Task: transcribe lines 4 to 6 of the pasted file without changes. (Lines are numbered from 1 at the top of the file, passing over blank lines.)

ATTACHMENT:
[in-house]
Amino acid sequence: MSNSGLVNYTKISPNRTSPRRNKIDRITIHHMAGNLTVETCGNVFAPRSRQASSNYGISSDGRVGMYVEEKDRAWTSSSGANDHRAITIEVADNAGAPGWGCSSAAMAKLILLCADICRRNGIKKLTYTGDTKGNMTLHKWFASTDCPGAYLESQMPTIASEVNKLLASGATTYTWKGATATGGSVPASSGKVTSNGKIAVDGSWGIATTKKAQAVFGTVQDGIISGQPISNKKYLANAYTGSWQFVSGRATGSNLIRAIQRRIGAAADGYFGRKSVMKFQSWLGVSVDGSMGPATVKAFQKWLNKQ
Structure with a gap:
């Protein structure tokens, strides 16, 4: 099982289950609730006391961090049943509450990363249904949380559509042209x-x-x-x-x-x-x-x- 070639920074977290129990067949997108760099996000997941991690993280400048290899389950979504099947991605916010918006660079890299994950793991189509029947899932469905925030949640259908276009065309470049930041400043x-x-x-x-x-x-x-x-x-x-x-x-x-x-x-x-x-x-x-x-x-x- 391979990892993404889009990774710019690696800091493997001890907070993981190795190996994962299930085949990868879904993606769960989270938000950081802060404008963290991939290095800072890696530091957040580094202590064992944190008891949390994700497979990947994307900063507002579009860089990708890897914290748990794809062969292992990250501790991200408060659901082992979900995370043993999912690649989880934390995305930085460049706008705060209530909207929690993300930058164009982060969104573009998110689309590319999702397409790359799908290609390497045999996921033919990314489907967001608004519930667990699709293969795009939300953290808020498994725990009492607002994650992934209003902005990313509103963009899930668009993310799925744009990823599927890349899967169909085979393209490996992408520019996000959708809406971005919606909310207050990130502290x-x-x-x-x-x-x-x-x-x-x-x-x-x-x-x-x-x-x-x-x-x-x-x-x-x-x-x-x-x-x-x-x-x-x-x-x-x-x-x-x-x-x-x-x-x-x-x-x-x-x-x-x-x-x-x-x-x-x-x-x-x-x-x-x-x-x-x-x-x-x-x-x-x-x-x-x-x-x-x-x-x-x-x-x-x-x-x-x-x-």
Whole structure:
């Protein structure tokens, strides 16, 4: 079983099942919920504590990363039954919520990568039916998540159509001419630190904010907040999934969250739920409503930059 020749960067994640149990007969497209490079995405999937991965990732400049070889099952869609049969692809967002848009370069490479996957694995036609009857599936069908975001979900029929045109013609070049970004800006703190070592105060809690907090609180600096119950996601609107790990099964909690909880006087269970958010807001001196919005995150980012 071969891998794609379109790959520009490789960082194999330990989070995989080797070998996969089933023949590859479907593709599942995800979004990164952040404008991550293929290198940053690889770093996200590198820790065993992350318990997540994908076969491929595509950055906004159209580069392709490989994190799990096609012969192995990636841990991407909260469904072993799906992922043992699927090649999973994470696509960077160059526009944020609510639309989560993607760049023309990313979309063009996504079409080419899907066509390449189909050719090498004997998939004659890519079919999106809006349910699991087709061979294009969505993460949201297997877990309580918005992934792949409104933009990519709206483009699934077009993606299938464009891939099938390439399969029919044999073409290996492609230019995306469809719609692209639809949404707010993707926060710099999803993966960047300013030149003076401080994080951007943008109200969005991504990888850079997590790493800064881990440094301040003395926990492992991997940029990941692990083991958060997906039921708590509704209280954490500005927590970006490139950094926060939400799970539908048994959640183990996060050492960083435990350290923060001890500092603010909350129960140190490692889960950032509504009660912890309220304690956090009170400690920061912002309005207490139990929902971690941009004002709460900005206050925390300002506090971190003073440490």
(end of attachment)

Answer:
């Protein structure tokens, strides 16, 4: 099982289950609730006391961090049943509450990363249904949380559509042209x-x-x-x-x-x-x-x- 070639920074977290129990067949997108760099996000997941991690993280400048290899389950979504099947991605916010918006660079890299994950793991189509029947899932469905925030949640259908276009065309470049930041400043x-x-x-x-x-x-x-x-x-x-x-x-x-x-x-x-x-x-x-x-x-x- 391979990892993404889009990774710019690696800091493997001890907070993981190795190996994962299930085949990868879904993606769960989270938000950081802060404008963290991939290095800072890696530091957040580094202590064992944190008891949390994700497979990947994307900063507002579009860089990708890897914290748990794809062969292992990250501790991200408060659901082992979900995370043993999912690649989880934390995305930085460049706008705060209530909207929690993300930058164009982060969104573009998110689309590319999702397409790359799908290609390497045999996921033919990314489907967001608004519930667990699709293969795009939300953290808020498994725990009492607002994650992934209003902005990313509103963009899930668009993310799925744009990823599927890349899967169909085979393209490996992408520019996000959708809406971005919606909310207050990130502290x-x-x-x-x-x-x-x-x-x-x-x-x-x-x-x-x-x-x-x-x-x-x-x-x-x-x-x-x-x-x-x-x-x-x-x-x-x-x-x-x-x-x-x-x-x-x-x-x-x-x-x-x-x-x-x-x-x-x-x-x-x-x-x-x-x-x-x-x-x-x-x-x-x-x-x-x-x-x-x-x-x-x-x-x-x-x-x-x-x-």
Whole structure:
């Protein structure tokens, strides 16, 4: 079983099942919920504590990363039954919520990568039916998540159509001419630190904010907040999934969250739920409503930059 020749960067994640149990007969497209490079995405999937991965990732400049070889099952869609049969692809967002848009370069490479996957694995036609009857599936069908975001979900029929045109013609070049970004800006703190070592105060809690907090609180600096119950996601609107790990099964909690909880006087269970958010807001001196919005995150980012 071969891998794609379109790959520009490789960082194999330990989070995989080797070998996969089933023949590859479907593709599942995800979004990164952040404008991550293929290198940053690889770093996200590198820790065993992350318990997540994908076969491929595509950055906004159209580069392709490989994190799990096609012969192995990636841990991407909260469904072993799906992922043992699927090649999973994470696509960077160059526009944020609510639309989560993607760049023309990313979309063009996504079409080419899907066509390449189909050719090498004997998939004659890519079919999106809006349910699991087709061979294009969505993460949201297997877990309580918005992934792949409104933009990519709206483009699934077009993606299938464009891939099938390439399969029919044999073409290996492609230019995306469809719609692209639809949404707010993707926060710099999803993966960047300013030149003076401080994080951007943008109200969005991504990888850079997590790493800064881990440094301040003395926990492992991997940029990941692990083991958060997906039921708590509704209280954490500005927590970006490139950094926060939400799970539908048994959640183990996060050492960083435990350290923060001890500092603010909350129960140190490692889960950032509504009660912890309220304690956090009170400690920061912002309005207490139990929902971690941009004002709460900005206050925390300002506090971190003073440490």